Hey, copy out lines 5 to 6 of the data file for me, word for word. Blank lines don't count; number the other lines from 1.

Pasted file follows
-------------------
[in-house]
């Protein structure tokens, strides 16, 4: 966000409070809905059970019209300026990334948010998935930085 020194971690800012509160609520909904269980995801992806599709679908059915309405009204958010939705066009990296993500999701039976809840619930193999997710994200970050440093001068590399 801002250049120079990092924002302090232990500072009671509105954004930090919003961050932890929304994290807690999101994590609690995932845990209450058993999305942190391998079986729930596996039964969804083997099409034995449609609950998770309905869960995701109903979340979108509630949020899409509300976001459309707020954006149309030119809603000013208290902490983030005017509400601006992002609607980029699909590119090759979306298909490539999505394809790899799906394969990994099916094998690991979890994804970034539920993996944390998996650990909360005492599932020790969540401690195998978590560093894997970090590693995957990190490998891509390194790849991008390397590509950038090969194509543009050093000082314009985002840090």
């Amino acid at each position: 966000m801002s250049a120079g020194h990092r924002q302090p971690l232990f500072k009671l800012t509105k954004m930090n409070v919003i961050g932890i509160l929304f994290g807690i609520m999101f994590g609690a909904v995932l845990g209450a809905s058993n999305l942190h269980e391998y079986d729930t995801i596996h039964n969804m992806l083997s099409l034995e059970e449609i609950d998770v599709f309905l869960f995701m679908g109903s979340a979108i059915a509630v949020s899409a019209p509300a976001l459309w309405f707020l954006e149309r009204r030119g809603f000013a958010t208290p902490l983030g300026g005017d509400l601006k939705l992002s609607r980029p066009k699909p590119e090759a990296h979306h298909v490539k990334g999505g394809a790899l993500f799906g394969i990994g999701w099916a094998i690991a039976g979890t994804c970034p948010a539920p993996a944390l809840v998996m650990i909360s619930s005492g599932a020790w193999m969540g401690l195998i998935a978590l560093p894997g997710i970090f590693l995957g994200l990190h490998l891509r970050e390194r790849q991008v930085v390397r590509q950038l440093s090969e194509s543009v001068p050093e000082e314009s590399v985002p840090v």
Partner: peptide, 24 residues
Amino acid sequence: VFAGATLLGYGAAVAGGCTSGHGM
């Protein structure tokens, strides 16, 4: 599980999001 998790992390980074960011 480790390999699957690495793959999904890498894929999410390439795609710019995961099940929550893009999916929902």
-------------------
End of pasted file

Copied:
Amino acid sequence: VFAGATLLGYGAAVAGGCTSGHGM
């Protein structure tokens, strides 16, 4: 599980999001 998790992390980074960011 480790390999699957690495793959999904890498894929999410390439795609710019995961099940929550893009999916929902």